Gina Christian

Several Advents ago, a priest gave me a somewhat unusual penance during confession. Rather than assigning me prayers to recite or Scripture verses to read, he advised me to reflect on a line from what happened to be my favorite Christmas carol: “O Holy Night (Cantique de Noël),” written by French composer Adolphe Adam (with lyrics by Placide Cappeau and, in English, by John Sullivan Dwight, who softened the original French text’s stern tone).

“It captures what Christ’s birth truly means,” said the priest, and then quoted, “‘He appeared, and the soul felt its worth.’”

The simple directive was actually a difficult one for me at the time. My self-esteem was fragile at best; years of childhood sexual abuse followed by a troubled start in adult life had left me deeply wounded. So often my value seemed almost completely dependent on whether I could excel at school, lose enough weight or find the right boyfriend.

And when I failed at those things, as I quite often did, my strategy shifted to rebellion: I flouted the standards I couldn’t attain, too confused to realize that no worldly goal, gained or lost, could ever satisfy the soul’s thirst for love.


In our divisive age, we have come to define ourselves by strange and partial norms. Along with the ancient benchmarks of power, material wealth, physical beauty and popular approval, we’ve increasingly added to our canon voting preferences, sexual inclinations, vaccination concerns, and even reception of holy Communion on the hand or tongue. Although deeply held convictions may inform them, such markers are not suitable weights for the eternal scale.

Indeed, while our fractured culture speaks of “self-identification,” the only One capable of revealing who we really are is the Lord himself. “My very self you know. … Your eyes saw me unformed,” declares the psalmist. “You formed my inmost being; you knit me in my mother’s womb” (Ps 139:14,16,13).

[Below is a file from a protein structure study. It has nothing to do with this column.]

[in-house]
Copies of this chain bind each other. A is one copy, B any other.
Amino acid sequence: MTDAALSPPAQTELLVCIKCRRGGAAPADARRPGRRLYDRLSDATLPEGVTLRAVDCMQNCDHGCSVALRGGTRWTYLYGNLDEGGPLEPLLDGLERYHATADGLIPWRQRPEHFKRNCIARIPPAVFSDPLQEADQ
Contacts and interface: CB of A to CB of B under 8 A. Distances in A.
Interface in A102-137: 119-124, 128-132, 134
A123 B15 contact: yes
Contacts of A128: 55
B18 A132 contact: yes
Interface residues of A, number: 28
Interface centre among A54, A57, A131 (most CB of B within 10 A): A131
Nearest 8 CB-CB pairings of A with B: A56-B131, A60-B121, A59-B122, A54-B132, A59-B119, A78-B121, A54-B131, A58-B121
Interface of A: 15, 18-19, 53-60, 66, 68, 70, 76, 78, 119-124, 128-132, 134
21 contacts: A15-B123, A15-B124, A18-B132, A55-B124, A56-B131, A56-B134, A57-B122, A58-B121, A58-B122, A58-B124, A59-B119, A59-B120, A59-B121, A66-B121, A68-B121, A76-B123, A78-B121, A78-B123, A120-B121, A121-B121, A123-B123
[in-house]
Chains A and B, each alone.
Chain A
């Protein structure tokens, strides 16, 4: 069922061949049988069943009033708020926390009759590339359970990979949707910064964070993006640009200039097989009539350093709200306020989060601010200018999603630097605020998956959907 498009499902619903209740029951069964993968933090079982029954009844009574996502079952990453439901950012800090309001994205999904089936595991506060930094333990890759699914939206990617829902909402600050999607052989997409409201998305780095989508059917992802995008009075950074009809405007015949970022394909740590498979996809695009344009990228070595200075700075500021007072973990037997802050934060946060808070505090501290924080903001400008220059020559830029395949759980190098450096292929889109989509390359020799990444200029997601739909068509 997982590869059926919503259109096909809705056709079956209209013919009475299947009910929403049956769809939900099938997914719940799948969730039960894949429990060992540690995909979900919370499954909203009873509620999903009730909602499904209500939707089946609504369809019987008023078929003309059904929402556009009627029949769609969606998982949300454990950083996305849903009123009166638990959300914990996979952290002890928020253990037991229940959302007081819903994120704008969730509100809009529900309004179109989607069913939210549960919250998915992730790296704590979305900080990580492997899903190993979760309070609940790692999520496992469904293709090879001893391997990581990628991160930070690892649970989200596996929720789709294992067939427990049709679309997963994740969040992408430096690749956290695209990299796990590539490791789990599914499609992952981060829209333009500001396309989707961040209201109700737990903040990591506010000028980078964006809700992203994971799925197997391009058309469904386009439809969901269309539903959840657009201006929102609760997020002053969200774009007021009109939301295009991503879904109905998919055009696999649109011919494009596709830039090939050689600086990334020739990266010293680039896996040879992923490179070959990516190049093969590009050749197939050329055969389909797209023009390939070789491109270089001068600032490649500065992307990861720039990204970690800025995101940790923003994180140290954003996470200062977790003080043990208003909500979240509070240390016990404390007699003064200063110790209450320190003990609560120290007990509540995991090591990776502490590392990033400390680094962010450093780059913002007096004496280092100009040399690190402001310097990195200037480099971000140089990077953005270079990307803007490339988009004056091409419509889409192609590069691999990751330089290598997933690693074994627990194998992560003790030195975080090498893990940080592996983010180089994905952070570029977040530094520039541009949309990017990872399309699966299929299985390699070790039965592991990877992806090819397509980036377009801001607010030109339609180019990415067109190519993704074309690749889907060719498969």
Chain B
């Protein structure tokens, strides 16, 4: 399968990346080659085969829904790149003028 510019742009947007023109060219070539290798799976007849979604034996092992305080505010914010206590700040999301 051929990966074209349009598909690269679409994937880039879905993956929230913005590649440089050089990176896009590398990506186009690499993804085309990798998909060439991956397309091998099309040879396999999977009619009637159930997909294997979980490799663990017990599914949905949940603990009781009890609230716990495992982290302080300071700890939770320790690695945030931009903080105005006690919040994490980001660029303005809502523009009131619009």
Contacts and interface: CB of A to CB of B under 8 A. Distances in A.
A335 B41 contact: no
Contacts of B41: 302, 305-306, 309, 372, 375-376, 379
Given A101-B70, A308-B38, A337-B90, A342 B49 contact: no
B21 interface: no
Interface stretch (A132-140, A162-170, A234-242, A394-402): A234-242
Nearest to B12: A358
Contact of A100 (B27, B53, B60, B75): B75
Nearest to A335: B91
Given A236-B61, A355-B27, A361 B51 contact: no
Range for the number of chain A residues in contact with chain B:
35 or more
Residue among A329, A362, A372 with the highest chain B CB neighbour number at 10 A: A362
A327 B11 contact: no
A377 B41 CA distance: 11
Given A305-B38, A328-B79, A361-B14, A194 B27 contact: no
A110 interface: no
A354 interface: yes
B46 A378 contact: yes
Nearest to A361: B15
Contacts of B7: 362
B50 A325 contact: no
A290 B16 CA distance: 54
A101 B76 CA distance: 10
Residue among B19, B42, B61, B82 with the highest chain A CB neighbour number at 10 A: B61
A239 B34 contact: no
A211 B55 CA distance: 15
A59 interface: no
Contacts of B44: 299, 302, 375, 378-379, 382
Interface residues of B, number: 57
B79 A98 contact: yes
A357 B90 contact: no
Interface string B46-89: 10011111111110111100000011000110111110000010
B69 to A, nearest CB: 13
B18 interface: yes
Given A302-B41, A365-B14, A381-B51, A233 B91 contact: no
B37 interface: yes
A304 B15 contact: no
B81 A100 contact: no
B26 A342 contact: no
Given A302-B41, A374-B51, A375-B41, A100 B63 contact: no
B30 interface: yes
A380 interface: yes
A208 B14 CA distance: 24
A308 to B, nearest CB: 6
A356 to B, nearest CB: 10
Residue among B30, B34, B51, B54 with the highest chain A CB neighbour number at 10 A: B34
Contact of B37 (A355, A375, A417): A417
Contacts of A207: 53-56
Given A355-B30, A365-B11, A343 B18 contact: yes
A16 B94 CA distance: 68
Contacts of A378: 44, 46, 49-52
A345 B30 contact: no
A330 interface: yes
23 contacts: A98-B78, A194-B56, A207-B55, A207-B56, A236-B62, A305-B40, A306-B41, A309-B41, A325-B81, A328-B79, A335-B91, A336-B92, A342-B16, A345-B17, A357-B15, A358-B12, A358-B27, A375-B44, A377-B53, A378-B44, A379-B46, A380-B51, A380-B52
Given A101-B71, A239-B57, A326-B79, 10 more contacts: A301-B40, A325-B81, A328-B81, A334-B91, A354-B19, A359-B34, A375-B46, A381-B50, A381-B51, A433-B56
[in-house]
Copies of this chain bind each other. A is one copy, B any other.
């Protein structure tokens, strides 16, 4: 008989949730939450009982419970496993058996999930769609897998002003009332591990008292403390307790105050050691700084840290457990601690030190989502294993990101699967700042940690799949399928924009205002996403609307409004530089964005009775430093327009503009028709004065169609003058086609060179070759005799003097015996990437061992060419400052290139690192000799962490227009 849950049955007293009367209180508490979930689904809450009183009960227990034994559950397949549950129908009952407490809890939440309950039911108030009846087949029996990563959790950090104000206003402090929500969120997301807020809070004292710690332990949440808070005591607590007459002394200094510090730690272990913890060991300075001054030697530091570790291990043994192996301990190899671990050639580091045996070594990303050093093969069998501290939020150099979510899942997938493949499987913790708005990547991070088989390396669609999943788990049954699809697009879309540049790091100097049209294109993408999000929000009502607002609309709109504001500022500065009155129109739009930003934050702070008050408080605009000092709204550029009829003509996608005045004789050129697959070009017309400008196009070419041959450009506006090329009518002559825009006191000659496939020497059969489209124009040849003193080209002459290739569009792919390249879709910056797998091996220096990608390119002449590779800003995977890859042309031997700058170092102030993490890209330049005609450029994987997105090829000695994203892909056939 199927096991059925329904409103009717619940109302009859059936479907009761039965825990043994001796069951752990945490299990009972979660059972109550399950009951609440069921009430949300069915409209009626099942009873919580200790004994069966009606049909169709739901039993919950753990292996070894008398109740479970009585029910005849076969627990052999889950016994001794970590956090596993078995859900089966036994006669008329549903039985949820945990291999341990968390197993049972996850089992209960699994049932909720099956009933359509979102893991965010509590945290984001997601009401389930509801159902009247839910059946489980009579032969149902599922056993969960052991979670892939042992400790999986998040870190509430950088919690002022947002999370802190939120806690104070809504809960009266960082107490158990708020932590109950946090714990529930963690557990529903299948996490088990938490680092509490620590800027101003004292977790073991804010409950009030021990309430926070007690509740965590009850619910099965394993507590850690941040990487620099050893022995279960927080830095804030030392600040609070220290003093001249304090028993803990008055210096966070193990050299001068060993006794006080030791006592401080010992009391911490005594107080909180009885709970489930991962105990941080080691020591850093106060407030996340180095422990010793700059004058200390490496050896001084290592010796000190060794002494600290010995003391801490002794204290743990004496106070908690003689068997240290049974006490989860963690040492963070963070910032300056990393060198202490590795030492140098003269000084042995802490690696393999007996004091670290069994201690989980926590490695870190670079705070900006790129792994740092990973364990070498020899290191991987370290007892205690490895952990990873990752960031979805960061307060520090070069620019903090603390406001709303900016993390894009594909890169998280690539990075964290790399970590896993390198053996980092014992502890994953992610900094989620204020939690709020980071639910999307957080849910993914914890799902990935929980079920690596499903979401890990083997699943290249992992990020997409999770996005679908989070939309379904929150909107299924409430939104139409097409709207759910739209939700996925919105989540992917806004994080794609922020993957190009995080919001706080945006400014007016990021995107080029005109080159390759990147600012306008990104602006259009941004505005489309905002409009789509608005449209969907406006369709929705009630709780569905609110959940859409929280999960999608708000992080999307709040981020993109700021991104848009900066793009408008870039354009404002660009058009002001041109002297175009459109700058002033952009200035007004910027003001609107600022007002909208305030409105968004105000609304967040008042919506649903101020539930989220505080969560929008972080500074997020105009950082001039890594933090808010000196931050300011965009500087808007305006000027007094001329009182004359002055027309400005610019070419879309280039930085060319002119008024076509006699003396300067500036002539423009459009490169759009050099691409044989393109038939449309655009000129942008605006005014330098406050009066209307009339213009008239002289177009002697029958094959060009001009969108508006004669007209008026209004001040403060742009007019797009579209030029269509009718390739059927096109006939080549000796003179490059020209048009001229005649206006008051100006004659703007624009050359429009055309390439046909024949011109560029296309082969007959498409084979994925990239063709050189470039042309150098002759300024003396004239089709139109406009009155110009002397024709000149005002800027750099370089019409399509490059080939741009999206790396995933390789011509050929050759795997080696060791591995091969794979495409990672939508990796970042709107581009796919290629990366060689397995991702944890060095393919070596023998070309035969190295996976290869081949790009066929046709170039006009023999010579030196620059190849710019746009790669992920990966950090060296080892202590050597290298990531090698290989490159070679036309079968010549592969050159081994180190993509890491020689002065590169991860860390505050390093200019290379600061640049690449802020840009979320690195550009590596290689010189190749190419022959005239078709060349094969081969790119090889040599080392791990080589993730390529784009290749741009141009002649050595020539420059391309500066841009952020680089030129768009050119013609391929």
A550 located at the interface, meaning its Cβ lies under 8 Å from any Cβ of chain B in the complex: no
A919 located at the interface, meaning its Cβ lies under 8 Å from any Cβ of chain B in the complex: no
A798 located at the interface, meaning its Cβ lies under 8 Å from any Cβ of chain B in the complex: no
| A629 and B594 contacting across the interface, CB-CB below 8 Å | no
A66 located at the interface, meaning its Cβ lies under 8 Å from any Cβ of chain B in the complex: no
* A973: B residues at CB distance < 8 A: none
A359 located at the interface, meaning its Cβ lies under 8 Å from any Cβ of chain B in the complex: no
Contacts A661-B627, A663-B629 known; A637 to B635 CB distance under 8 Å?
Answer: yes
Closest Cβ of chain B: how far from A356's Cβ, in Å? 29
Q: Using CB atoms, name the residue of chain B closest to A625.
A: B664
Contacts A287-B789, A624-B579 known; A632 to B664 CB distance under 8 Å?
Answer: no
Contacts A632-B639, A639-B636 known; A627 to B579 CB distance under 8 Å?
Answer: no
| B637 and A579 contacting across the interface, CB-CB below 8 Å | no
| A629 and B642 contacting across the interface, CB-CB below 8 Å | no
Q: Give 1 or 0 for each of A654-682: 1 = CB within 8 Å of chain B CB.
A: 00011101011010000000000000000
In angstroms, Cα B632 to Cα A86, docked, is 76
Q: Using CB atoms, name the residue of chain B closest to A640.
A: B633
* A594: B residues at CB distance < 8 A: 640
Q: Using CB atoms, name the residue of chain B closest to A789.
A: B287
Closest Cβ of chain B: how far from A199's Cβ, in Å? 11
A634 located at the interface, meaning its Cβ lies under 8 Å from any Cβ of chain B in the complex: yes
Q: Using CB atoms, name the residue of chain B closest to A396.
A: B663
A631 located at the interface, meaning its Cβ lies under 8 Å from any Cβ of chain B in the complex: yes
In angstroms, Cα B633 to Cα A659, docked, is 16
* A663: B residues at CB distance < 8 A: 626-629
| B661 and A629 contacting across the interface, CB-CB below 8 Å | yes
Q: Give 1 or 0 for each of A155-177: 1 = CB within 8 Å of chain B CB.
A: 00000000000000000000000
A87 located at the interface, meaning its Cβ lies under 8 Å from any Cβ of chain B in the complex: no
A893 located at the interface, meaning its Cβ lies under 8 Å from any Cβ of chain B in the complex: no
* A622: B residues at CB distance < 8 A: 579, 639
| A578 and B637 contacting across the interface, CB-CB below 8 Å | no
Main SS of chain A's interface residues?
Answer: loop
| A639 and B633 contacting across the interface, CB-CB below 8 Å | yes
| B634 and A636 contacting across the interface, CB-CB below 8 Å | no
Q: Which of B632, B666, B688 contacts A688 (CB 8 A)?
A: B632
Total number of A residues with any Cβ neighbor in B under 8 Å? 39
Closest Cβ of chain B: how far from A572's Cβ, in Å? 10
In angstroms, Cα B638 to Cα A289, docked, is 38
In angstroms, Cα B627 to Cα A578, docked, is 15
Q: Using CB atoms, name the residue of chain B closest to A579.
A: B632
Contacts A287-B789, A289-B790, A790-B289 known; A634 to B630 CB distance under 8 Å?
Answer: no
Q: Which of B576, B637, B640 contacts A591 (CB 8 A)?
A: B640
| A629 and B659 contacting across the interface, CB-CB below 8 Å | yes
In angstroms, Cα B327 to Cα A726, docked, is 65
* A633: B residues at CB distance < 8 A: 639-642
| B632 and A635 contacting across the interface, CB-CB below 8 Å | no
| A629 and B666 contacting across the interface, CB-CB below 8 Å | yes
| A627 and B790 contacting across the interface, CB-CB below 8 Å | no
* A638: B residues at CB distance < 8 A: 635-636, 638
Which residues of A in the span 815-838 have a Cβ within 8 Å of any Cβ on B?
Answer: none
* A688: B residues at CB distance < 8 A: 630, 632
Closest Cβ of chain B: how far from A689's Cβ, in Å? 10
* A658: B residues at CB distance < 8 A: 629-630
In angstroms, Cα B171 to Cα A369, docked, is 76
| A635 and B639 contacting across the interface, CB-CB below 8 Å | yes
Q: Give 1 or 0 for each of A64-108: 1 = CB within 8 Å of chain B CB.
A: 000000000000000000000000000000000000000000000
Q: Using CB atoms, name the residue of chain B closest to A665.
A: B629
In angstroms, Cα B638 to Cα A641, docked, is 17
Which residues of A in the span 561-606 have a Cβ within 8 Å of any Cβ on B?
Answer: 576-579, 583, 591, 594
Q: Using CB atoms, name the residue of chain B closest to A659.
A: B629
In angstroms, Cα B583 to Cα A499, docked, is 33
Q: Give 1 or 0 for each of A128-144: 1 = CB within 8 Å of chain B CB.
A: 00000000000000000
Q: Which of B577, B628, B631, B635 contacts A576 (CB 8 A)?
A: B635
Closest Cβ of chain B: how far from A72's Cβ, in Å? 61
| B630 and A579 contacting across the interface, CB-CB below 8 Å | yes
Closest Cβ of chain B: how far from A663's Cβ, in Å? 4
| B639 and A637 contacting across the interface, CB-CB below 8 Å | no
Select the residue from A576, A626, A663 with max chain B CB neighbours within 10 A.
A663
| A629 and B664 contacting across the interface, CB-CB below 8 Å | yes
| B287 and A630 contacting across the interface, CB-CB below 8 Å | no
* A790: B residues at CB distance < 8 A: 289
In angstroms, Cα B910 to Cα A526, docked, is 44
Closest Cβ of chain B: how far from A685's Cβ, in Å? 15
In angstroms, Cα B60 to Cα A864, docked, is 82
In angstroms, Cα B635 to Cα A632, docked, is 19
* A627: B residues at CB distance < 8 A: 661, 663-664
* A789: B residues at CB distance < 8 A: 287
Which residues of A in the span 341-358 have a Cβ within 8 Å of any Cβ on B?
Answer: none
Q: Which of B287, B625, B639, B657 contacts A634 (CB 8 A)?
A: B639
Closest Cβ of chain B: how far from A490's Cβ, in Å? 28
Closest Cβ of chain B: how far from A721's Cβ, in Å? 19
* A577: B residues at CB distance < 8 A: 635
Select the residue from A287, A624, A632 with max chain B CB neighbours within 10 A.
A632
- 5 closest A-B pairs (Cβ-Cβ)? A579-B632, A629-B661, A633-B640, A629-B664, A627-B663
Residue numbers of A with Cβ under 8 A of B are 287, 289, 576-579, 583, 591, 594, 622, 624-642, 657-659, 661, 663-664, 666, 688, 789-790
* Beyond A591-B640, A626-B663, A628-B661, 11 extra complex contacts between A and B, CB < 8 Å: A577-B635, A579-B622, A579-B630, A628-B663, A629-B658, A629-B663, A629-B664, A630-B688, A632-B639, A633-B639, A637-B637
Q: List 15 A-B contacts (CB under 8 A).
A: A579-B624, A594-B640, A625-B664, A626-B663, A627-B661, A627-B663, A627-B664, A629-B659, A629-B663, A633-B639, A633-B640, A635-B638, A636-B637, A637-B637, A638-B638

Christ consented to take on flesh, stitch by stitch, in the depths of Mary’s body — all to grasp and rescue the sons and daughters of the Father, who through sin had pawned their pricelessness in the worst of transactions. Surely the One who redeemed us at the cost of his blood can tell us our names, and show us our true selves.

“Christian, remember your dignity,” exhorted St. Leo the Great in a sermon on the Nativity. In heeding the saint’s words, we instinctively bend the knee. Before the manger, then, let us bring all of our being — sins and scars, fears and follies, dreams and disappointments — to the babe through whom we were created. We need no words; silence and adoration are more fitting for a sleeping infant.

In that hush, unbroken by the world’s roar, our souls can indeed feel their worth — and, with the angels, give glory to God.


Gina Christian is a senior content producer at, host of the Inside podcast and author of the forthcoming book “Stations of the Cross for Sexual Abuse Survivors.” Follow her on Twitter at @GinaJesseReina.